Growing Demand For Cardboard Coffins In Venezuela

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Photo by Marco Bello / Reuters

Elio Angulo lies inside a cardboard coffin next to Alejandro Blanchard as they introduce their product to potential customers at a mortuary in Valencia, in the state of Carabobo, Venezuela.

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Photo by Marco Bello / Reuters

When Venezuelan entrepreneurs Alejandro Blanchard and Elio Angulo decided to create cardboard coffins, they were looking for an ecological selling point to compete against classic wood and brass caskets. Three years on, with the oil-rich country mired in deep economic crisis, their “bio-coffins” are becoming a viable option because of high prices for wooden coffins and shortages of brass ones.

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Photo by Marco Bello / Reuters

Blanchard and Angulo are offering their product in funeral homes in Venezuela, home to one of the world’s highest murder rates, and business is looking promising. Biodegradable coffins are in vogue in Europe and the United States, but they are also finding a niche in Venezuela in the face of shortages, triple-digit annual inflation and a deep recession.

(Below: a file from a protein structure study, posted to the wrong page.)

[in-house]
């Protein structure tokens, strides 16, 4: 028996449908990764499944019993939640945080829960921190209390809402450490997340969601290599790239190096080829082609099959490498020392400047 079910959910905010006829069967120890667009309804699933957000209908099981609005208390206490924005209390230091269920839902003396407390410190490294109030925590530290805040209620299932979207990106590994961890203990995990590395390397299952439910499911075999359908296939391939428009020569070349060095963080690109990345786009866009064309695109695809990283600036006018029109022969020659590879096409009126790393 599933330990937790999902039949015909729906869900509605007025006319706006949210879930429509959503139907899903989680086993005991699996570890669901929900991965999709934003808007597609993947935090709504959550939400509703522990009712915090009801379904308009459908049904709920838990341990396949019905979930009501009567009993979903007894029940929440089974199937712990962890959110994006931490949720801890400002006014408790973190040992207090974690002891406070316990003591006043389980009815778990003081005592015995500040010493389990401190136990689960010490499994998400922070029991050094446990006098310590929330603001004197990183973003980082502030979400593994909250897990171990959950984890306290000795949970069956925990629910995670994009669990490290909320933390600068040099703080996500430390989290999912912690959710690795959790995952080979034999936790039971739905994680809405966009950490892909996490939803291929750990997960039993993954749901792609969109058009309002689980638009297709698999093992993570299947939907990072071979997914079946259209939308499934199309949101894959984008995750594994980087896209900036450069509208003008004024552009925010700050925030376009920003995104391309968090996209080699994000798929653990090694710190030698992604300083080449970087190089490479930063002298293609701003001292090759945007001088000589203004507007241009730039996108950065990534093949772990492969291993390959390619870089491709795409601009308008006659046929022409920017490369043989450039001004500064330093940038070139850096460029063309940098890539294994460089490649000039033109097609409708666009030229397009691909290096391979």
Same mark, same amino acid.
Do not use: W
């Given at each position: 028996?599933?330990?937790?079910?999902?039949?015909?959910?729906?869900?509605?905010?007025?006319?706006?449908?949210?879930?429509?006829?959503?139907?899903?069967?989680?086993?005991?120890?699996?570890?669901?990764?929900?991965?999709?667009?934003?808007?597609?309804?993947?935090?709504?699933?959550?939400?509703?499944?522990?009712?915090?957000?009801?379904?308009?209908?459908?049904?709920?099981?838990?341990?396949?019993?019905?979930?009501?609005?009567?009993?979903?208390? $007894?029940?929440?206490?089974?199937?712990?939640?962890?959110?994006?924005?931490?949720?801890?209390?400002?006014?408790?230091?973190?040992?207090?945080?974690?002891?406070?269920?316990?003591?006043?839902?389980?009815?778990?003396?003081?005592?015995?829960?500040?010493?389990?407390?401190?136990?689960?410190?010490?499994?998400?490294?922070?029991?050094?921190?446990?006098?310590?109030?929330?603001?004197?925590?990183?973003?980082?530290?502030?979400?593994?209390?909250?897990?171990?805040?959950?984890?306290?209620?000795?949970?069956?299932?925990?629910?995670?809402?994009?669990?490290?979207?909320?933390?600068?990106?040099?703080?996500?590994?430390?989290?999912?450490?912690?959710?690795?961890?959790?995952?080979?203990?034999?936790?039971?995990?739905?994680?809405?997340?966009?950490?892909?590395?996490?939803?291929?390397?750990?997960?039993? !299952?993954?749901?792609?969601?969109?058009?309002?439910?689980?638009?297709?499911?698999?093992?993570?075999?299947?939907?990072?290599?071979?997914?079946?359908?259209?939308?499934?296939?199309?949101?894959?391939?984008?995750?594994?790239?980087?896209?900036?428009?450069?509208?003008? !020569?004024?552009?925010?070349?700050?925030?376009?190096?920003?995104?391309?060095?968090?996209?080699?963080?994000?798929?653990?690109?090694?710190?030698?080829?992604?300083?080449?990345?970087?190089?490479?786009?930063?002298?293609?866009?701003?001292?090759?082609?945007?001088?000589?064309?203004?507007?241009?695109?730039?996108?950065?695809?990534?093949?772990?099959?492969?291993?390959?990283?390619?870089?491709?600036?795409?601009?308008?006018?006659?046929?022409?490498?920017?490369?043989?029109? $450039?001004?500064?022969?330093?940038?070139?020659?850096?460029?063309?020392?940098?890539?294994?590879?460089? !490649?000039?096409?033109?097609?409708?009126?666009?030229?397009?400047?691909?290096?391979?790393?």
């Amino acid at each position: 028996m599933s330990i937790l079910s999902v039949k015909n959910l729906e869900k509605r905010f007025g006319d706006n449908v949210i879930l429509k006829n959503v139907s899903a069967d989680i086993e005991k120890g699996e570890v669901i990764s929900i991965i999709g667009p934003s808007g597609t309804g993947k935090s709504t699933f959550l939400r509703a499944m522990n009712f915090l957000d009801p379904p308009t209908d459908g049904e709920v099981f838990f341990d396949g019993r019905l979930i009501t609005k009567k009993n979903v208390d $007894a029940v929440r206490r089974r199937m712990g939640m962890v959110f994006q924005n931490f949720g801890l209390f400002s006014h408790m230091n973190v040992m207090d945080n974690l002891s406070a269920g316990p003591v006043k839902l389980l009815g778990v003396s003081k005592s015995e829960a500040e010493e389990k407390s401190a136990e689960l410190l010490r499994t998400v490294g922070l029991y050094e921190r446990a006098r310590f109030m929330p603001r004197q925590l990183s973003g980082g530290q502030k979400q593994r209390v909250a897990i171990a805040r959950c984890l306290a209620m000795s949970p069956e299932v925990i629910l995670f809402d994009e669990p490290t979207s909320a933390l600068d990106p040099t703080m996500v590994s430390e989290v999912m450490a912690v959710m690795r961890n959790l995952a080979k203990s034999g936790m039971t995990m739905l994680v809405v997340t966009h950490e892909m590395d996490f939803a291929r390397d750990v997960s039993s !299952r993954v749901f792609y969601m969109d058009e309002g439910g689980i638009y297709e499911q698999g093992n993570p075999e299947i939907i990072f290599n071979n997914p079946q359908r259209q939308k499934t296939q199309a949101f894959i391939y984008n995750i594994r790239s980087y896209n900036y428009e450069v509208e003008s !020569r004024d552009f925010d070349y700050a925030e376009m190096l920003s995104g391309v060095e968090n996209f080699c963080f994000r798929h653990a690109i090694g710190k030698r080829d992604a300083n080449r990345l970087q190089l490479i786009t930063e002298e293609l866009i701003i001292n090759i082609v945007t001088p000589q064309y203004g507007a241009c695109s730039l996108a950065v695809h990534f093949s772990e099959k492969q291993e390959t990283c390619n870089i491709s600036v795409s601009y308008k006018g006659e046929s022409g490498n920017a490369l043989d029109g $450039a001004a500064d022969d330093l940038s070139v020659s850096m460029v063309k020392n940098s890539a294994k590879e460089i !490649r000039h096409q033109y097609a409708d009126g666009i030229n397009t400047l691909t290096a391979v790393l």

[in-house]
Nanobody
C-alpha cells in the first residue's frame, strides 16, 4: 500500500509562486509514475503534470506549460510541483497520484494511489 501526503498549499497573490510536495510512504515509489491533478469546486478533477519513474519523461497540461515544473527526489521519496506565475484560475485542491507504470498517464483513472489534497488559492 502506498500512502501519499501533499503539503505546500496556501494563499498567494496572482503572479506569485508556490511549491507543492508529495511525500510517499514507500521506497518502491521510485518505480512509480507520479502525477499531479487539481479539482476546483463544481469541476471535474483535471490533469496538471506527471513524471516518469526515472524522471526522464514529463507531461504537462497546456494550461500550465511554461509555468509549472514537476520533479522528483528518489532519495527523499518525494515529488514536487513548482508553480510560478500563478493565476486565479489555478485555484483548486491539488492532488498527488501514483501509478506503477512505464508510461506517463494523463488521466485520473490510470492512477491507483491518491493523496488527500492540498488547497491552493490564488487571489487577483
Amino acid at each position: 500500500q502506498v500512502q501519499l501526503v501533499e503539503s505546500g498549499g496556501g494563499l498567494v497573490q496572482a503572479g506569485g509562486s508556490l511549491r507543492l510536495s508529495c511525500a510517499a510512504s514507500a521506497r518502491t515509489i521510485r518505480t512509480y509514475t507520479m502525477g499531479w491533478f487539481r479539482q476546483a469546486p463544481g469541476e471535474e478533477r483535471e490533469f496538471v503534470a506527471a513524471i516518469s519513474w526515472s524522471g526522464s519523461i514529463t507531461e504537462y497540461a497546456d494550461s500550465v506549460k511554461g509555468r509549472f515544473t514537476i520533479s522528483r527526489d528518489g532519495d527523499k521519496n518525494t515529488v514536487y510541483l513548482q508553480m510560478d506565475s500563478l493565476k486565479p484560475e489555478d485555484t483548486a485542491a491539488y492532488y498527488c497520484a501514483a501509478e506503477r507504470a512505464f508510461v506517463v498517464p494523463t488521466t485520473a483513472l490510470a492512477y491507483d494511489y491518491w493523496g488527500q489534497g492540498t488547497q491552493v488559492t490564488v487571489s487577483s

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Photo by Marco Bello / Reuters

A wooden coffin in Venezuela can cost 280,000 bolivars, equivalent to about a year of earnings at minimum wages and about four times that of a biodegradable coffin. Made of recycled corrugated fiberboard, the bio-coffin is light, can hold up to 230 kilos (500 pounds) and can be put together in less than 10 minutes.

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Photo by Marco Bello / Reuters

Three hundred bio-coffins can be made with the number of trees required to build a single wooden coffin and require about half the amount of fuel during cremation. Blanchard and Elio Angulo say they have received orders from Colombia, Ecuador and Peru.

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Photo by Marco Bello / Reuters

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Photo by Marco Bello / Reuters

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Photo by Marco Bello / Reuters

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